Battle of Honey Springs

Fort Smith National Historic Site is a National Historic Site located in Fort Smith, Arkansas, along the Arkansas River. The first fort at this site was established by the United States in 1817, before this area was established as part of Indian Territory. It was later replaced and the second fort was operated by the US until 1871. This site was designated as a National Historic Landmark in 1961.

The fort was the first site of the United States District Court for the Western District of Arkansas, which had jurisdiction over western Arkansas and all of Indian Territory. It began operations in 1875 with the appointment of Isaac C. Parker as the first federal district judge here. The town of Fort Smith, Arkansas developed around the fort.


Fort Smith park map

The site includes the second historic fort constructed at this place. In addition, located on the grounds are the foundation remains of the first Fort Smith (1817–1824), the commissary building (c. 1838) and a reconstruction of the gallows used by the federal court. A walking trail along the Arkansas River includes wayside exhibits on the Trail of Tears.

Congress authorized acquisition of land on the Oklahoma bank of the Arkansas River to be included in the National Historic Site, in order to preserve a historic viewshed, but it has not been acquired.[2]

The park visitor center is now located in the old Barracks/Courthouse/Jail building. Exhibits in the visitor center focus on Fort Smith's military history from 1817 to 1871, its role in the western expansion of the United States, Federal District Judge Isaac Parker and the federal court's effects on justice in Indian Territory, the U.S. Deputy Marshals and outlaws, Federal Indian policy, and Indian Removal, including the Cherokee Trail of Tears.


The site was established in 1961 in order to protect the remains of two 19th-century U.S. military forts, including a building that once housed the United States District Court for the Western District of Arkansas, which had jurisdiction over federal cases in Indian Territory. Fort Smith was also notable as a major stop for the Choctaw and Cherokee people along the "Trail of Tears." during the period of Indian Removal from the Southeast. It was designated a National Historic Landmark in 1961.[1][3]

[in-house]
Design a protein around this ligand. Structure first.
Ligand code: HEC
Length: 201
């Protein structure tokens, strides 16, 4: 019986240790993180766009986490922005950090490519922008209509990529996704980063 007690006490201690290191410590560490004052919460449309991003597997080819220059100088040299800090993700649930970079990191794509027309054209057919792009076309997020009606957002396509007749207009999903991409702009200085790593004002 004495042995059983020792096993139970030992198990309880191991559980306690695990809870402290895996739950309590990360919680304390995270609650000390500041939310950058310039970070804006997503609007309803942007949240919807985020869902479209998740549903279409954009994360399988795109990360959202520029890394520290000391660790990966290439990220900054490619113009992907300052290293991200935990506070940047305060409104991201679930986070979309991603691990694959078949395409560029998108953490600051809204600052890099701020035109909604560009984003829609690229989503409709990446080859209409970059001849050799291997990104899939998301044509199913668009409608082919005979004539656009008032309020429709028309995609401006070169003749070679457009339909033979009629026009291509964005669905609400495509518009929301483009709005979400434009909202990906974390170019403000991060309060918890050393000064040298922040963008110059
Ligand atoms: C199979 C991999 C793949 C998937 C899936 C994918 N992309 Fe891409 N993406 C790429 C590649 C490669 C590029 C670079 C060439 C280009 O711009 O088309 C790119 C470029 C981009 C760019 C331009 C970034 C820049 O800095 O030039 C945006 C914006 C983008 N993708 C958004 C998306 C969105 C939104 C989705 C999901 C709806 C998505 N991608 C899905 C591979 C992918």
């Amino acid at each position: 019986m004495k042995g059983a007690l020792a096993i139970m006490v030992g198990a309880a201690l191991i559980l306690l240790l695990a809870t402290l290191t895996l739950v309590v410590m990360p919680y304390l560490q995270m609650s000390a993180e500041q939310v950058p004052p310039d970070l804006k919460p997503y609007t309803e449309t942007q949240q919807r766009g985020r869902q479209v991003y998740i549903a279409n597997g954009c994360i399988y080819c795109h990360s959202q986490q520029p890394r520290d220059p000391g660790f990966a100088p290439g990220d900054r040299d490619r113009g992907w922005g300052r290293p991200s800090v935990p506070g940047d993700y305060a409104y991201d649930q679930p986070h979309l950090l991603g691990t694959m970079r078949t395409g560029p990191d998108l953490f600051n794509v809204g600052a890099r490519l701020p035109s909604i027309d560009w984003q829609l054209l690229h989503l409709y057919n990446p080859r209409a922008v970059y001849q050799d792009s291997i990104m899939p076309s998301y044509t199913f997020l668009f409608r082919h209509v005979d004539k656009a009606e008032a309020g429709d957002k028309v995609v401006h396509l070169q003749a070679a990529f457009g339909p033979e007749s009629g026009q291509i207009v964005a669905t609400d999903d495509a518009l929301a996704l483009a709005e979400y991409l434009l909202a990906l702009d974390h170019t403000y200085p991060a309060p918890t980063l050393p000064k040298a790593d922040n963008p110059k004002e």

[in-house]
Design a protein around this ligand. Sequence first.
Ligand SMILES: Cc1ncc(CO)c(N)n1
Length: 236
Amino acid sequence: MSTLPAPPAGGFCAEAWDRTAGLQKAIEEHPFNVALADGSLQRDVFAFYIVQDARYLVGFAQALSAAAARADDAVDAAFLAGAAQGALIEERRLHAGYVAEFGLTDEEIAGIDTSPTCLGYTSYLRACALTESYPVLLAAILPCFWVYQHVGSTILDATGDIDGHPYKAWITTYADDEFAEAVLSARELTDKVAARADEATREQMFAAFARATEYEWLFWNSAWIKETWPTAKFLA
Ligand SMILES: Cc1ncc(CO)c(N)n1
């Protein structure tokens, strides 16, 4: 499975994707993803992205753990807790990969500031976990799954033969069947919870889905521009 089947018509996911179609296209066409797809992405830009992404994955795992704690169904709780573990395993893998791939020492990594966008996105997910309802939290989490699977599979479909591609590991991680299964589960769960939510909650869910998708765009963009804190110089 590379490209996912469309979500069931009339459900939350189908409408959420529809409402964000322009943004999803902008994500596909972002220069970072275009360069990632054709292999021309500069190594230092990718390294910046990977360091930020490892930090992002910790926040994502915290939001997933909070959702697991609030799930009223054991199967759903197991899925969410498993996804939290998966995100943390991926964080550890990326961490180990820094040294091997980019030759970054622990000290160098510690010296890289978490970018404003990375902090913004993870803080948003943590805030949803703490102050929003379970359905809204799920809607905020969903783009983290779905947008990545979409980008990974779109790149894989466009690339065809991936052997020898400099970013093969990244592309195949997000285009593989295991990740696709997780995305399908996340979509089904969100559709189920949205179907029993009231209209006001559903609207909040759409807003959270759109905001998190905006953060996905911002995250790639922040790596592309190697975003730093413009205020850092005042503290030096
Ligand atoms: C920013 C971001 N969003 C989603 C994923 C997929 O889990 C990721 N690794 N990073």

The original fort was established on December 25, 1817, by Major William Bradford in order to maintain harmony between the local Osage Indians, who had long been dominant in this territory, and a band of Cherokee who had migrated west, under pressure from European Americans, from their traditional territory in the Southeast. This time would later be historically referenced as the "First Fort." It ended in 1824 when the U.S. Army abandoned Fort Smith after constructing Fort Gibson further west.[1][4]

As a result of the increased tensions Indians following the Indian Removal Act of 1830, and local white settlers who encroached on their territory, the U.S. Army created a second Fort Smith in 1838 near the original's ruins. This is the beginning of the historical "Second Fort" period. During General Zachary Taylor's command of the fort in the 1840s, it became a supply depot for other forts within the Indian Territory. It was captured during the Civil War from Confederate forces in 1863 by Union troops. The majority of the Cherokee and other Five Civilized Tribes had initially allied with the Confederacy, and supplied warriors to its forces. The fort continued in use as a supply depot to other forts in the region until it was no longer occupied in an official capacity by 1871; historically the end of the "Second Fort" era.[1][4]

As often happened, a small town developed around the fort, with people attracted for business. In addition, court operations continued at a courthouse built in town for the United States District Court for the Western District of Arkansas, which presided over the western half of Arkansas and all of Indian Territory. It was first held at the fort, as noted above. The first federal district judge here was Isaac C. Parker, who presided over the court from 1875 to 1896.[1][4]

Image gallery

See also


  1. ^ a b c d e "Fort Smith". National Historic Landmark summary listing. National Park Service. 2007-09-26. Archived from the original on 2007-03-01.
  2. ^ National Park Service, Fort Smith National Historic Site. Click "View Park Map" to see existing park boundary.
  3. ^ Frank B. Sarls, Jr. (December 10, 1958) National Survey of Historic Sites and Buildings: Fort Smith (First and Second Sites) and Judge Parker Courtroom, National Park Service and Accompanying 4 photos, exterior, from 1940 and undated.
  4. ^ a b c "Fort Smith National Historic Site". World Book Advanced. 2018.

External links